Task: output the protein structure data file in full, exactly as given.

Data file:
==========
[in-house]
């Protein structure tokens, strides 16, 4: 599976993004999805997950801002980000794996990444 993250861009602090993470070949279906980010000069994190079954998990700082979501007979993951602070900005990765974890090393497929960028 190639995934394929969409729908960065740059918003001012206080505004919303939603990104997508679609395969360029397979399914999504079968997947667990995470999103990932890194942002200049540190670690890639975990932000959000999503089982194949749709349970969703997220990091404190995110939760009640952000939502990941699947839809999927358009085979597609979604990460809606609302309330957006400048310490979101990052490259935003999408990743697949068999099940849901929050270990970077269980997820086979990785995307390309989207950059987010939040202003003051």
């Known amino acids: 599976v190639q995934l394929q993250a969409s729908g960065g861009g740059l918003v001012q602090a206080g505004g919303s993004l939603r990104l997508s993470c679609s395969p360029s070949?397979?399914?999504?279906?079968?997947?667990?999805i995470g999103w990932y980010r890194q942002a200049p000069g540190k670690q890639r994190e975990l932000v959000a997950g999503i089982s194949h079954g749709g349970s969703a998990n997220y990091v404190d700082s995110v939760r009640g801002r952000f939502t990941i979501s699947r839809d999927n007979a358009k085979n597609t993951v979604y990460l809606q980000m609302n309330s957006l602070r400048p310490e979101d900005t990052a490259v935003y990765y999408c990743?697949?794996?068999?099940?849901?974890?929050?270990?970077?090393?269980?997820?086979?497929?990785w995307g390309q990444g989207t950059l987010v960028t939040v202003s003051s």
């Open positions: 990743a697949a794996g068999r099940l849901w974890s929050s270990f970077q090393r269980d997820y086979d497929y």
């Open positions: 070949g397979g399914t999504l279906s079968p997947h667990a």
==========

[in-house]
């Protein structure tokens, strides 16, 4: 599976993004999805997950801002980000794996990444 993250861009602090993470070949279906980010000069994190079954998990700082979501007979993951602070900005990765974890090393497929960028 190639995934394929969409729908960065740059918003001012206080505004919303939603990104997508679609395969360029397979399914999504079968997947667990995470999103990932890194942002200049540190670690890639975990932000959000999503089982194949749709349970969703997220990091404190995110939760009640952000939502990941699947839809999927358009085979597609979604990460809606609302309330957006400048310490979101990052490259935003999408990743697949068999099940849901929050270990970077269980997820086979990785995307390309989207950059987010939040202003003051």
């Known amino acids: 599976v190639q995934l394929q993250a969409s729908g960065g861009g740059l918003v001012q602090a206080g505004g919303s993004l939603r990104l997508s993470c679609s395969p360029s070949?397979?399914?999504?279906?079968?997947?667990?999805i995470g999103w990932y980010r890194q942002a200049p000069g540190k670690q890639r994190e975990l932000v959000a997950g999503i089982s194949h079954g749709g349970s969703a998990n997220y990091v404190d700082s995110v939760r009640g801002r952000f939502t990941i979501s699947r839809d999927n007979a358009k085979n597609t993951v979604y990460l809606q980000m609302n309330s957006l602070r400048p310490e979101d900005t990052a490259v935003y990765y999408c990743?697949?794996?068999?099940?849901?974890?929050?270990?970077?090393?269980?997820?086979?497929?990785w995307g390309q990444g989207t950059l987010v960028t939040v202003s003051s």
């Open positions: 990743a697949a794996g068999r099940l849901w974890s929050s270990f970077q090393r269980d997820y086979d497929y």
């Open positions: 070949g397979g399914t999504l279906s079968p997947h667990a």